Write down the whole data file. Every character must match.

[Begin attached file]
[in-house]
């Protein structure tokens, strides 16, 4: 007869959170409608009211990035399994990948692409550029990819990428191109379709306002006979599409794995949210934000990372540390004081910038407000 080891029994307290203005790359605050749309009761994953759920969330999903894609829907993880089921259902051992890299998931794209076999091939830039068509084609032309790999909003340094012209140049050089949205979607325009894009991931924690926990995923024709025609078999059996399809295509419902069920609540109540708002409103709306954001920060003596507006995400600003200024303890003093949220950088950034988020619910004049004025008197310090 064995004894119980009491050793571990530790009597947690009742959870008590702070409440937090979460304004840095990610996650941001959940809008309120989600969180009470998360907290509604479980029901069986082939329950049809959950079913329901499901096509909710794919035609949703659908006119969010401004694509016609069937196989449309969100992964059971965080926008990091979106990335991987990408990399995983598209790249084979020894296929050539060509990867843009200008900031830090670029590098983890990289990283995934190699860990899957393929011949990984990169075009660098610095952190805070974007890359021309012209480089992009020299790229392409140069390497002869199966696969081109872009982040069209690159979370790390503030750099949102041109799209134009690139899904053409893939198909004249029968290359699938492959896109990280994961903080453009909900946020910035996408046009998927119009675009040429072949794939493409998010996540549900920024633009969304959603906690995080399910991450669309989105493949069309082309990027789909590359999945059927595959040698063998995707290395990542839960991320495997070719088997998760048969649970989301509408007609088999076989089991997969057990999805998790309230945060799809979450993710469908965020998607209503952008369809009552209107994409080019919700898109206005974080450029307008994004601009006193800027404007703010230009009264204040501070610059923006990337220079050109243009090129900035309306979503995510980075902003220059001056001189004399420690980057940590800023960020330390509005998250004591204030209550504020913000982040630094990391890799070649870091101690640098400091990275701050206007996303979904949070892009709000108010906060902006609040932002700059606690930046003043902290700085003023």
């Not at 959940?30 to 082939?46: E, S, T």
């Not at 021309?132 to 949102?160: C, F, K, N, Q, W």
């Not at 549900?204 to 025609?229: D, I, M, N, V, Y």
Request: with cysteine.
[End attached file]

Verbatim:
[in-house]
């Protein structure tokens, strides 16, 4: 007869959170409608009211990035399994990948692409550029990819990428191109379709306002006979599409794995949210934000990372540390004081910038407000 080891029994307290203005790359605050749309009761994953759920969330999903894609829907993880089921259902051992890299998931794209076999091939830039068509084609032309790999909003340094012209140049050089949205979607325009894009991931924690926990995923024709025609078999059996399809295509419902069920609540109540708002409103709306954001920060003596507006995400600003200024303890003093949220950088950034988020619910004049004025008197310090 064995004894119980009491050793571990530790009597947690009742959870008590702070409440937090979460304004840095990610996650941001959940809008309120989600969180009470998360907290509604479980029901069986082939329950049809959950079913329901499901096509909710794919035609949703659908006119969010401004694509016609069937196989449309969100992964059971965080926008990091979106990335991987990408990399995983598209790249084979020894296929050539060509990867843009200008900031830090670029590098983890990289990283995934190699860990899957393929011949990984990169075009660098610095952190805070974007890359021309012209480089992009020299790229392409140069390497002869199966696969081109872009982040069209690159979370790390503030750099949102041109799209134009690139899904053409893939198909004249029968290359699938492959896109990280994961903080453009909900946020910035996408046009998927119009675009040429072949794939493409998010996540549900920024633009969304959603906690995080399910991450669309989105493949069309082309990027789909590359999945059927595959040698063998995707290395990542839960991320495997070719088997998760048969649970989301509408007609088999076989089991997969057990999805998790309230945060799809979450993710469908965020998607209503952008369809009552209107994409080019919700898109206005974080450029307008994004601009006193800027404007703010230009009264204040501070610059923006990337220079050109243009090129900035309306979503995510980075902003220059001056001189004399420690980057940590800023960020330390509005998250004591204030209550504020913000982040630094990391890799070649870091101690640098400091990275701050206007996303979904949070892009709000108010906060902006609040932002700059606690930046003043902290700085003023």
């Not at 959940?30 to 082939?46: E, S, T």
């Not at 021309?132 to 949102?160: C, F, K, N, Q, W």
């Not at 549900?204 to 025609?229: D, I, M, N, V, Y």
Request: with cysteine.